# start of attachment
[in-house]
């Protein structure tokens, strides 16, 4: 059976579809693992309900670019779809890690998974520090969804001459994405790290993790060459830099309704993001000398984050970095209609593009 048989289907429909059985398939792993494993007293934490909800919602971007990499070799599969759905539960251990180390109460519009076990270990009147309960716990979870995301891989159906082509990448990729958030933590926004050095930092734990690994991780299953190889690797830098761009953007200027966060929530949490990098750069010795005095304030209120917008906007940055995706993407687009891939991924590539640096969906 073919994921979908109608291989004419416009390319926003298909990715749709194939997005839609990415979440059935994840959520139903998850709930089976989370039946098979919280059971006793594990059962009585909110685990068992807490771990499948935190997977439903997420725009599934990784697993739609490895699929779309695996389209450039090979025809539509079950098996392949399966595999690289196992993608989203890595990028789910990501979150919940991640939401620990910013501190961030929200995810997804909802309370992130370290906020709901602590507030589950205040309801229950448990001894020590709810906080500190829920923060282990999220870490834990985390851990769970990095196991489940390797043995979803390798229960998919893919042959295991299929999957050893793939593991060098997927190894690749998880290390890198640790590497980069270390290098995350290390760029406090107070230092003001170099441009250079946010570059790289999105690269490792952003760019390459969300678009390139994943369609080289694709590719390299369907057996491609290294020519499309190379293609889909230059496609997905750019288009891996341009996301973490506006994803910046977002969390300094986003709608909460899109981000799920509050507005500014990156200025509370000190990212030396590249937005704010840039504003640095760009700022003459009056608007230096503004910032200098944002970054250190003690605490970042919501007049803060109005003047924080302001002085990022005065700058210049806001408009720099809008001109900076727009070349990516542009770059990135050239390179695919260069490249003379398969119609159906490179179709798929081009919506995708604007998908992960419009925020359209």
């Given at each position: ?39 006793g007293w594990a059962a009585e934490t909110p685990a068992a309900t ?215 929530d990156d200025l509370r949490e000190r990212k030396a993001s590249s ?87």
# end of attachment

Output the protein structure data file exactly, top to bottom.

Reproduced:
[in-house]
């Protein structure tokens, strides 16, 4: 059976579809693992309900670019779809890690998974520090969804001459994405790290993790060459830099309704993001000398984050970095209609593009 048989289907429909059985398939792993494993007293934490909800919602971007990499070799599969759905539960251990180390109460519009076990270990009147309960716990979870995301891989159906082509990448990729958030933590926004050095930092734990690994991780299953190889690797830098761009953007200027966060929530949490990098750069010795005095304030209120917008906007940055995706993407687009891939991924590539640096969906 073919994921979908109608291989004419416009390319926003298909990715749709194939997005839609990415979440059935994840959520139903998850709930089976989370039946098979919280059971006793594990059962009585909110685990068992807490771990499948935190997977439903997420725009599934990784697993739609490895699929779309695996389209450039090979025809539509079950098996392949399966595999690289196992993608989203890595990028789910990501979150919940991640939401620990910013501190961030929200995810997804909802309370992130370290906020709901602590507030589950205040309801229950448990001894020590709810906080500190829920923060282990999220870490834990985390851990769970990095196991489940390797043995979803390798229960998919893919042959295991299929999957050893793939593991060098997927190894690749998880290390890198640790590497980069270390290098995350290390760029406090107070230092003001170099441009250079946010570059790289999105690269490792952003760019390459969300678009390139994943369609080289694709590719390299369907057996491609290294020519499309190379293609889909230059496609997905750019288009891996341009996301973490506006994803910046977002969390300094986003709608909460899109981000799920509050507005500014990156200025509370000190990212030396590249937005704010840039504003640095760009700022003459009056608007230096503004910032200098944002970054250190003690605490970042919501007049803060109005003047924080302001002085990022005065700058210049806001408009720099809008001109900076727009070349990516542009770059990135050239390179695919260069490249003379398969119609159906490179179709798929081009919506995708604007998908992960419009925020359209």
């Given at each position: ?39 006793g007293w594990a059962a009585e934490t909110p685990a068992a309900t ?215 929530d990156d200025l509370r949490e000190r990212k030396a993001s590249s ?87």